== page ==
Biking Like a Local in The Netherlands

Sep 13, 2018

I don’t own a bike at home so I never thought that biking—or cycling as they call it—would be my main mode of transportation when I visited the Netherlands (in fact, it was the best part of the trip!). See, when you’re riding a bike in a country where separate roads for bikes  are everywhere and cars actually wait patiently for bikers to pass, it’s literally a foreign experience. I felt protected; it wasn’t scary at all to ride alongside cars, but I honestly didn’t enjoy biking in Amsterdam since it’s a more heavily trafficked city—lots of people, lots of cars, lots of bikers. I spent more time in The Hague where it was less crazy.

Did You Know? Cycling is a common mode of transportation in the Netherlands and there’re more bikes than people in Amsterdam.

Biking in the Netherlands

As a pedestrian:

Look both ways before crossing the bike lane.

It’s not the cars that you have to watch out for, it’s the bikes. Look both ways before crossing the bike lane and then look again because sometimes those bikers can come out of nowhere with the speeds that they’re going (it ain’t tourist cruising speeds). This is especially true in more heavily trafficked areas like Amsterdam where throngs of bikers dominate the roadways.

Don’t stand in the bike lane.

Ring! Ring! Get out the way! There’s a place for pedestrians and that’s on the sidewalk, not in the bike lane. You’ll know what a bike lane looks like because it’s marked with lines and a bike symbol between the main road and sidewalk. In some areas, all you’ll see are straight lines of tarmac. Don’t walk in the bike lanes or stand in the bike lane trying to figure out where you need to go because someone will get hurt if you don’t pay attention.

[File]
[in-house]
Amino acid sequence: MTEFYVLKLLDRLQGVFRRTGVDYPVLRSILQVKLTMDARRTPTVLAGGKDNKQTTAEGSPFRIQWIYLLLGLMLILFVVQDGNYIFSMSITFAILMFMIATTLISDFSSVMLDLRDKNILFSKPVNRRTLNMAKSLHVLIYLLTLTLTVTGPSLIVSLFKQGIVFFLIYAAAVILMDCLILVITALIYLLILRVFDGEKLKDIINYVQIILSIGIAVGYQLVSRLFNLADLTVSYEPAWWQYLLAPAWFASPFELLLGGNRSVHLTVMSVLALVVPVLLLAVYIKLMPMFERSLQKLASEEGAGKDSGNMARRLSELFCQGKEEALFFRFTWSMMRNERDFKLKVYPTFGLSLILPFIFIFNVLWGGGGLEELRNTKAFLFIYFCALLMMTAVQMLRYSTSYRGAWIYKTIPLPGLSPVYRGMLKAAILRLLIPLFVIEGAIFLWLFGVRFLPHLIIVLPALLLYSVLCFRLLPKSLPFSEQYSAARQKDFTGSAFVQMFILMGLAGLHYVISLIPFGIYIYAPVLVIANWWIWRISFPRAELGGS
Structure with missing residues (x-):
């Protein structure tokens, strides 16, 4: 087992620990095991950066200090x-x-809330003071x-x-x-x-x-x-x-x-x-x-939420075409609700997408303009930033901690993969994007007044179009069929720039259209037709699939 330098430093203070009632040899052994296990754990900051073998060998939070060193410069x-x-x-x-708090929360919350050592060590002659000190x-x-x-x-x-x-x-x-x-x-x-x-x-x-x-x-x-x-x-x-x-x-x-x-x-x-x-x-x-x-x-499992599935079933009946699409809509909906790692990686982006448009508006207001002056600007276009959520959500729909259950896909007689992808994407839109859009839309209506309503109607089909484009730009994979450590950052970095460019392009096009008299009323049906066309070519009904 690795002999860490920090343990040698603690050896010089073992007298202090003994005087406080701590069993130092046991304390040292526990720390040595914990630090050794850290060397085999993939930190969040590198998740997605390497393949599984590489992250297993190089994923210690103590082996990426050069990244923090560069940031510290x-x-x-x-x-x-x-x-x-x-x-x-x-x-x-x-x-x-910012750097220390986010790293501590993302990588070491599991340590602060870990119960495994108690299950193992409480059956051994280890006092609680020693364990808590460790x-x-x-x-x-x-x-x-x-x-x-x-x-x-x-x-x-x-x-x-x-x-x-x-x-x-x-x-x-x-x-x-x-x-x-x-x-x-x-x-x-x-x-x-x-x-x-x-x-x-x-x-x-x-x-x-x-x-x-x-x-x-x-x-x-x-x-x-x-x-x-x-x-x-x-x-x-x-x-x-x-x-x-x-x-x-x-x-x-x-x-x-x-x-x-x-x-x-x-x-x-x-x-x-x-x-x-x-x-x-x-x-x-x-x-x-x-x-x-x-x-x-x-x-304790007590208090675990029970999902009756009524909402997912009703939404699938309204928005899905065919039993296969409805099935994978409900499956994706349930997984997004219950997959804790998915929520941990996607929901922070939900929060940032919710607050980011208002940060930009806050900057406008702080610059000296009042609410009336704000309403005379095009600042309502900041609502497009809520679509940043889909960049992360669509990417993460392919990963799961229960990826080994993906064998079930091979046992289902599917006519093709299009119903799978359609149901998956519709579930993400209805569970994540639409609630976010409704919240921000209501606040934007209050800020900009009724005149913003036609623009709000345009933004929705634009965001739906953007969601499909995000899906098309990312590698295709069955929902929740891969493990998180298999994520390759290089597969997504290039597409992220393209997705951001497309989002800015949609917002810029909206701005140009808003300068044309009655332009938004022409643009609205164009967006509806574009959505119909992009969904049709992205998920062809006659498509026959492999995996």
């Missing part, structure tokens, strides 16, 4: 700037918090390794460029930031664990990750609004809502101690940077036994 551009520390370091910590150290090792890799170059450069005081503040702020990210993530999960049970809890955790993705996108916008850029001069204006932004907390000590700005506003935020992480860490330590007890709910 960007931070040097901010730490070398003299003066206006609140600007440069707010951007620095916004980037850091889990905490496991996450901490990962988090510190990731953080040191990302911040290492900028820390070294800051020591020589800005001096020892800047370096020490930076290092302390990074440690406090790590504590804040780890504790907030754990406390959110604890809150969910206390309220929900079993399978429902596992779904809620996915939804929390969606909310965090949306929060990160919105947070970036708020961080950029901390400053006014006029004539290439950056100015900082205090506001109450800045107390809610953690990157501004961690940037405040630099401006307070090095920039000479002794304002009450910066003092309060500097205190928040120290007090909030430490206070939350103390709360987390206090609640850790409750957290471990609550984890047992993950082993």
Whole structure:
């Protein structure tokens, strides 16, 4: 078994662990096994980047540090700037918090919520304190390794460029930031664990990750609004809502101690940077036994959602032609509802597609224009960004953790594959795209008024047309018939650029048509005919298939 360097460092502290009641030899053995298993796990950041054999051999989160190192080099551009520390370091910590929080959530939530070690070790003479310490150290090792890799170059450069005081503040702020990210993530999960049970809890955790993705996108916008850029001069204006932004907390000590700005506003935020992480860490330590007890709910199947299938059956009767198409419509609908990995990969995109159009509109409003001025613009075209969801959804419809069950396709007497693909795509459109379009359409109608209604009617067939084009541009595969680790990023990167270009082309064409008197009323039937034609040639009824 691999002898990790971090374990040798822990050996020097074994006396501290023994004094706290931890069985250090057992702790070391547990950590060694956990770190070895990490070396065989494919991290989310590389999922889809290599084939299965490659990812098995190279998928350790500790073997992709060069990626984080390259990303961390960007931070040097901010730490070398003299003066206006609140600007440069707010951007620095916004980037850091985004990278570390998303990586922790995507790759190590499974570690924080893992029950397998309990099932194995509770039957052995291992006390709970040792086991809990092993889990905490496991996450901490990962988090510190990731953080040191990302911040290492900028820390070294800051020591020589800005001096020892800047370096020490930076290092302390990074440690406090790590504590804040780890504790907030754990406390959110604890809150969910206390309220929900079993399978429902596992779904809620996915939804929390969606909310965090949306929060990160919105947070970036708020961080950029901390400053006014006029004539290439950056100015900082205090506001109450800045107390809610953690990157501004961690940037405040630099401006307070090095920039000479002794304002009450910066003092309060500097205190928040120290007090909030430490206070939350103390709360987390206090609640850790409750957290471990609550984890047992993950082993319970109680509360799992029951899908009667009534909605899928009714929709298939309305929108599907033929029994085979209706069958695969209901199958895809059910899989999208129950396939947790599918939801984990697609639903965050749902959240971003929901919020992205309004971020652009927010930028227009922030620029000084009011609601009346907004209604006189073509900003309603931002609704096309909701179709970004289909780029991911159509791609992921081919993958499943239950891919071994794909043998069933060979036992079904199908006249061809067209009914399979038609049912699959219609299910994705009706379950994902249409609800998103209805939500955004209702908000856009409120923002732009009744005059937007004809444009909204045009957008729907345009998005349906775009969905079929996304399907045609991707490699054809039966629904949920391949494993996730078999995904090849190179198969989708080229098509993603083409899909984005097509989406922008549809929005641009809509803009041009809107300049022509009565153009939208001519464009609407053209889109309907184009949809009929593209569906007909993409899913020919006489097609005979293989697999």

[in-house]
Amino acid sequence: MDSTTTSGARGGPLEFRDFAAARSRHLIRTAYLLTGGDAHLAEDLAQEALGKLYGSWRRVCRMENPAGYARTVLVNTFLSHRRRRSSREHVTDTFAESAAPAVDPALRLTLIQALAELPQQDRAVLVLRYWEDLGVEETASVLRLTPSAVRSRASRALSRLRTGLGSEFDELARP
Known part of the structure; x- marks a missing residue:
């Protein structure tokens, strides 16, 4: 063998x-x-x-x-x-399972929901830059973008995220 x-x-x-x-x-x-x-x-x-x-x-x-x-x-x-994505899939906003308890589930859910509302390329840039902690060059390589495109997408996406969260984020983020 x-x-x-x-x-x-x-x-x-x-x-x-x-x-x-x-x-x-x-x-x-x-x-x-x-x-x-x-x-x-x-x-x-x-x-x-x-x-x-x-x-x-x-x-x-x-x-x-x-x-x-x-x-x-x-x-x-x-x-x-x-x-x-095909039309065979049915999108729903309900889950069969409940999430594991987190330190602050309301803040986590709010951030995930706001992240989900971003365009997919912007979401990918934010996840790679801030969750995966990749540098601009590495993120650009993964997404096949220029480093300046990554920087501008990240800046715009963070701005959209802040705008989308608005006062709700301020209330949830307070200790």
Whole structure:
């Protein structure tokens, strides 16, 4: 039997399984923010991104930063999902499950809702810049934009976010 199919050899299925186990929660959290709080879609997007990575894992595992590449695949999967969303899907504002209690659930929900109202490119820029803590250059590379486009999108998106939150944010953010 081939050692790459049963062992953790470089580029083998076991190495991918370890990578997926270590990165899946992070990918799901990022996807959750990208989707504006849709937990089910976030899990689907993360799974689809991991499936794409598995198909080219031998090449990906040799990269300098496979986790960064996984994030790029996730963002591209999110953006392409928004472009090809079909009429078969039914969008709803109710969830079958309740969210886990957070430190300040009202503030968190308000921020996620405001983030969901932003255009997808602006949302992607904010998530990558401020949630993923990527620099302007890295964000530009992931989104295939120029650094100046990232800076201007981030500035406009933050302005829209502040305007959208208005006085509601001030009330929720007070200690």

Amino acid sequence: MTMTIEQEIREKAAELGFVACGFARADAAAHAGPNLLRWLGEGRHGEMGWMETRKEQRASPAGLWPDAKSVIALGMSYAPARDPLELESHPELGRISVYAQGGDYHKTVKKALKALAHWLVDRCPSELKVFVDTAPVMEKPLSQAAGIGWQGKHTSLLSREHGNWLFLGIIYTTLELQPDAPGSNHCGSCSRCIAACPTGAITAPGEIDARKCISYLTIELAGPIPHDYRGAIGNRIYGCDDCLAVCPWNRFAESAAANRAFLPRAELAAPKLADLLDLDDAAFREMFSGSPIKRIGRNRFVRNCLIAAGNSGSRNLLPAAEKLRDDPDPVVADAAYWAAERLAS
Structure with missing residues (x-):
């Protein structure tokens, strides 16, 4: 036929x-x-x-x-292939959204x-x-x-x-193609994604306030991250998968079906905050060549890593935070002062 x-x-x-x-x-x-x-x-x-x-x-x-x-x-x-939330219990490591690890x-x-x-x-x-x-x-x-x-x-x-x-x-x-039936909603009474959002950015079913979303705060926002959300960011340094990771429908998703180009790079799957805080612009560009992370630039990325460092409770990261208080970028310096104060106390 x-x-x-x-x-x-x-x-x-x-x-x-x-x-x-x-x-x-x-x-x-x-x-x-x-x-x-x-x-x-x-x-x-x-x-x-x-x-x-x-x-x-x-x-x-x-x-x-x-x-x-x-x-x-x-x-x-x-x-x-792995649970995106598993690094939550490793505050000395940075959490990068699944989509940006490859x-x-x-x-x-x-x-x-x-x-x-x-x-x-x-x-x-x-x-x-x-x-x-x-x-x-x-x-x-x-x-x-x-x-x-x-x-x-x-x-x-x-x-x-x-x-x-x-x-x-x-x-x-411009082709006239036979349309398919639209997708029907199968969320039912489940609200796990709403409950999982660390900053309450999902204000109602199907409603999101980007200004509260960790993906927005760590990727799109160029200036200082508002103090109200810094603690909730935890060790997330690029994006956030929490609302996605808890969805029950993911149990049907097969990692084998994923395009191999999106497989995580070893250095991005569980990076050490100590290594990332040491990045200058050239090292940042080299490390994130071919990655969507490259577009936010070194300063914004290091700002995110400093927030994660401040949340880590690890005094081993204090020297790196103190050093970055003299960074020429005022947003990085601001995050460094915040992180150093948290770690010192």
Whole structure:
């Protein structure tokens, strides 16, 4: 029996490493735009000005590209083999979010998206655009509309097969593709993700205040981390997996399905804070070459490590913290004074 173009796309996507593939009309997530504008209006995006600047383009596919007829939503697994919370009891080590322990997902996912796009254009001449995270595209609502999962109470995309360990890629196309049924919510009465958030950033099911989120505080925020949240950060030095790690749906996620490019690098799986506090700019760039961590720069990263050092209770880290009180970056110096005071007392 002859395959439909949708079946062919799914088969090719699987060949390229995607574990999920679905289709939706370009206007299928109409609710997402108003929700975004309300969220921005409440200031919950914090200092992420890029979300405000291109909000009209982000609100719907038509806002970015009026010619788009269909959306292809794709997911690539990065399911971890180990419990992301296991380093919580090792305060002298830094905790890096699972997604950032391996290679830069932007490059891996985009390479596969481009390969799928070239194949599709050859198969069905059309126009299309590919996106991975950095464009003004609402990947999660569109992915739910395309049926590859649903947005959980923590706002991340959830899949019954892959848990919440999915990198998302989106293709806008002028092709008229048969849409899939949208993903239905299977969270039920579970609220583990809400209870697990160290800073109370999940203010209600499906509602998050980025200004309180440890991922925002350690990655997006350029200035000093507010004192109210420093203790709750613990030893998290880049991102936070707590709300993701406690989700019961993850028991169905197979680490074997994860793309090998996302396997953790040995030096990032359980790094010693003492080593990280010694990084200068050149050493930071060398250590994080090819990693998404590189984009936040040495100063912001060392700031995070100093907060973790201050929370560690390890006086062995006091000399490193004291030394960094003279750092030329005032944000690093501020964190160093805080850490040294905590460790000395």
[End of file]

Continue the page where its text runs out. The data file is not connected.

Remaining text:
As a biker:

Bike on the “right” side of the road.

Bike paths are generally one way and follow the flow of traffic (the Dutch drive on the right). Sometimes you’ll find two-way bike lanes that’ll be marked with arrows in opposite directions. Make space and bike in single-file to allow mopeds (there’re allowed in the bike lanes) and faster bikers to pass.

Follow the bike lane signal.

In some busy intersections, you’ll find separate signals for pedestrians and bikers (I never figured out why they don’t go at the same time if they’re going the same direction). Pay attention to tram signals that alert bikers to stop for oncoming trams crossing the road ahead.

Learn hand signals.

Avoid altercations involving other bikes by learning basic bike hand signals. Stick your left arm straight out to your left with palms down to turn left and your right arm straight out to your right with palms down to turn right. If you need to pull over onto the sidewalk, point down at an angle to let others know where you’re going.

Watch out for tram lines.

If there’s one thing I was scared of, it’s those tram lines that’re the perfect fit for your bike tires to potentially get stuck in and fling you off your bike and onto oncoming traffic. The tip here is to ride over them in an angle.

Lock your bike (and remember which one is yours).

Locking your bike is a two-step thing and someone at the rental shop will show you how it’s done. One, you lock the wheel and two, you chain it to something. Don’t leave your key in the lock and be mindful of where you locked it.

Where to Rent Bikes

I know a lot of other travel blogs say to “blend in” with the locals and avoid those red, touristy MacBikes you’ll find in Amsterdam, but I have no shame in my tourist game and proudly rode one in a “watch-out-for-me, I’m-new-here-and-I-apologize-in-advance-if-I’m-doing-this-wrong” kind of way. And if you’re exploring The Hague, I recommend Rijwielshop Centraal (Lekstraat 21-25, 2515 XA Den Haag, Netherlands) near the train station.

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